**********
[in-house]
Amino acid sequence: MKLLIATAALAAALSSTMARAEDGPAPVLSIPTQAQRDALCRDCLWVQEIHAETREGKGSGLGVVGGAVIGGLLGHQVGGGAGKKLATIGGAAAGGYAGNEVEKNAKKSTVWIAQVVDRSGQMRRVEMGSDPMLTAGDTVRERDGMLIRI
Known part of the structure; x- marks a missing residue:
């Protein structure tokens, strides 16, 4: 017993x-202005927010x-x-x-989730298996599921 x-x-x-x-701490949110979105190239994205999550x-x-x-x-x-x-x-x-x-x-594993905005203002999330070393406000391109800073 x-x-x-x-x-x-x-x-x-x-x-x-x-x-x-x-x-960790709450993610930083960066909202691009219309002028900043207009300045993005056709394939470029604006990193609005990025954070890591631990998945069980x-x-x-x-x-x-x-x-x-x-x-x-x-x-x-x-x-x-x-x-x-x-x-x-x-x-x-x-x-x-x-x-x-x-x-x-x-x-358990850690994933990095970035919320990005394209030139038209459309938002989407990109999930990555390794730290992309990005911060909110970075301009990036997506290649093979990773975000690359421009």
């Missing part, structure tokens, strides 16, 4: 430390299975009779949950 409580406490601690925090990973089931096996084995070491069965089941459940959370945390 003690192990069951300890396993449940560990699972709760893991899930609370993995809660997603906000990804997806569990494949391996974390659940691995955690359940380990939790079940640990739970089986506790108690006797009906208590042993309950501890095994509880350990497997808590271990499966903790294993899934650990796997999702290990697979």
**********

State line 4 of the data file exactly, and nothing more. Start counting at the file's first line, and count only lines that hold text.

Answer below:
């Protein structure tokens, strides 16, 4: 017993x-202005927010x-x-x-989730298996599921 x-x-x-x-701490949110979105190239994205999550x-x-x-x-x-x-x-x-x-x-594993905005203002999330070393406000391109800073 x-x-x-x-x-x-x-x-x-x-x-x-x-x-x-x-x-960790709450993610930083960066909202691009219309002028900043207009300045993005056709394939470029604006990193609005990025954070890591631990998945069980x-x-x-x-x-x-x-x-x-x-x-x-x-x-x-x-x-x-x-x-x-x-x-x-x-x-x-x-x-x-x-x-x-x-x-x-x-x-358990850690994933990095970035919320990005394209030139038209459309938002989407990109999930990555390794730290992309990005911060909110970075301009990036997506290649093979990773975000690359421009």